Do you hear your eyes move?

Do you hear your eyes move?

ISHPEMING — Sometimes when we feel high emotions we can feel our heart beating through our chest, but could you imagine hearing it in your ears? One person could hear that, hear her neck muscles move and hear her eyes move because of a rare condition. ABC Ten’s Sarah Mac has more on this woman’s journey through this rare condition.

Most of us wouldn’t think twice about everyday tasks like snacking, turning our heads or even blinking, but to Rachel Pyne these tasks became almost unbearable. Rachel suffered from a unique condition called superior semicircular canal dehiscence or SSCD. According to Rachel’s surgeon, the condition is cause by a hole that develops in your middle ear between the ear and the brain.

Ear Surgeon Dr. Quinton Gopen says, “You hear your own heartbeat, you hear your own voice, you hear your own eyeballs move – and I know that sounds strange, but it’s very common for these patients. They’ll come in and say, ‘I can hear my neck muscles move,’ and people will look at them and go, ‘That’s not possible,’ and yet they do hear this.”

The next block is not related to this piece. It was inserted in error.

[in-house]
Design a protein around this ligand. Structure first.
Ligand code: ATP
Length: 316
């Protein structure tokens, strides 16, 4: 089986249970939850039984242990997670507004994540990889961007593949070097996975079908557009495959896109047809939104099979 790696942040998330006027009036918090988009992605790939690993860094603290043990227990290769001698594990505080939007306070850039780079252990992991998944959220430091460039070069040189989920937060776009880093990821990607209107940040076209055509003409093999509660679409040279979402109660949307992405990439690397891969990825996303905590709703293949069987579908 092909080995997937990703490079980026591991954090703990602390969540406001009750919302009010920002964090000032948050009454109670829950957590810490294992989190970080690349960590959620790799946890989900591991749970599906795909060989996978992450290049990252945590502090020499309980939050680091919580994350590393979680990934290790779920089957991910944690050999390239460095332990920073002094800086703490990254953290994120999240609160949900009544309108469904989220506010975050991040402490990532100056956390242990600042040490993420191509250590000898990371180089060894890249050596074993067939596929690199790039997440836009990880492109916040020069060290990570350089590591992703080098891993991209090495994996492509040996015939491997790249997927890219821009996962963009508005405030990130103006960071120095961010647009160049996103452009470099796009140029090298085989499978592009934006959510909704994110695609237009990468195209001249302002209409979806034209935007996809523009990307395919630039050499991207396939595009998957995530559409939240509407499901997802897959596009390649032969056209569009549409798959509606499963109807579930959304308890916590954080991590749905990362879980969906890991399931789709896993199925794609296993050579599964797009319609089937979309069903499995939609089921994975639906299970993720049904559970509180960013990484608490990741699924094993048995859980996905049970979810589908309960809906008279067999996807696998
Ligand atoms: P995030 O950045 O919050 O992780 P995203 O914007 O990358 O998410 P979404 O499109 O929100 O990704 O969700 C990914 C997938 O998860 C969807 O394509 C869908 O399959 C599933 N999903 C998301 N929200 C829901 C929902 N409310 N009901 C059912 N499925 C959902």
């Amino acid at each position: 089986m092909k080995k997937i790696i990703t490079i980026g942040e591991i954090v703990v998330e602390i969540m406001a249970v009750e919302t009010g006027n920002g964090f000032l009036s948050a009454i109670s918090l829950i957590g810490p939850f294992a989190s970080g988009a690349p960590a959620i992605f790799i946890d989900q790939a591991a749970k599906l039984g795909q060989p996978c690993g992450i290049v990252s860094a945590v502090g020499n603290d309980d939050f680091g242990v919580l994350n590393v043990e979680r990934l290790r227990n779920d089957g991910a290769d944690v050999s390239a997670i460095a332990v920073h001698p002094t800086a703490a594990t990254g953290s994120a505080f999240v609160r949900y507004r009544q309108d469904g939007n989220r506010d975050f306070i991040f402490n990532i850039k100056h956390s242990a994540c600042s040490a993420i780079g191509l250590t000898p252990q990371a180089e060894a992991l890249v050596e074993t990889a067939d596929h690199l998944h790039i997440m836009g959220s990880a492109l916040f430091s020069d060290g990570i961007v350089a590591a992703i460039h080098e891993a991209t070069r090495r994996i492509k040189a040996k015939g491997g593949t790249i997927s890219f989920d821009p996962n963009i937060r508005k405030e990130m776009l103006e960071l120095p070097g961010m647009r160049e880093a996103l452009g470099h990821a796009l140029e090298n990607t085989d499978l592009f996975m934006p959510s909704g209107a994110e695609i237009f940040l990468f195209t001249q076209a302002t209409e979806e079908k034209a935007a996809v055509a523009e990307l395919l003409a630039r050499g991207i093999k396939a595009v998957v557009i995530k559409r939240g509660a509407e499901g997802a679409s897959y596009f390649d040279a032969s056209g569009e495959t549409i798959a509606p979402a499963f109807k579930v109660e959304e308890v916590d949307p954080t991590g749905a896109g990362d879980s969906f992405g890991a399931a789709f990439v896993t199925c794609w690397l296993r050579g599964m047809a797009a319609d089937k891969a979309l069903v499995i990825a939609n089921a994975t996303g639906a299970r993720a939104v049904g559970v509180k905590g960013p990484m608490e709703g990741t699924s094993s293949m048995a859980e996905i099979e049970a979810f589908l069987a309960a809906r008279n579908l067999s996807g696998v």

Even though the holes were tiny, they cause her huge problems. The condition often made her dizzy and lose her balance, and also hear things that even some doctors would believe impossible.

Pyne says, “I can hear my heart beating and it’s like, ‘thump, thump,’ and my whole ear goes out, and it feels like my whole ear is beating with my heart. I could hear just little sounds, here and there. People’s change moving, people cell phones ringing, like at the restaurant people clanking their dishes, like all this different stuff, and I couldn’t listen to my music anymore, I couldn’t watch TV anymore.”

Now thanks to a procedure at Ronald Reagan UCLA Medical Center, Rachel feels a whole lot better. The procedure only takes 90 minutes and has instantaneous results.

Pyne says, “When I woke up I just thought, ‘Oh my gosh, it’s gone!'”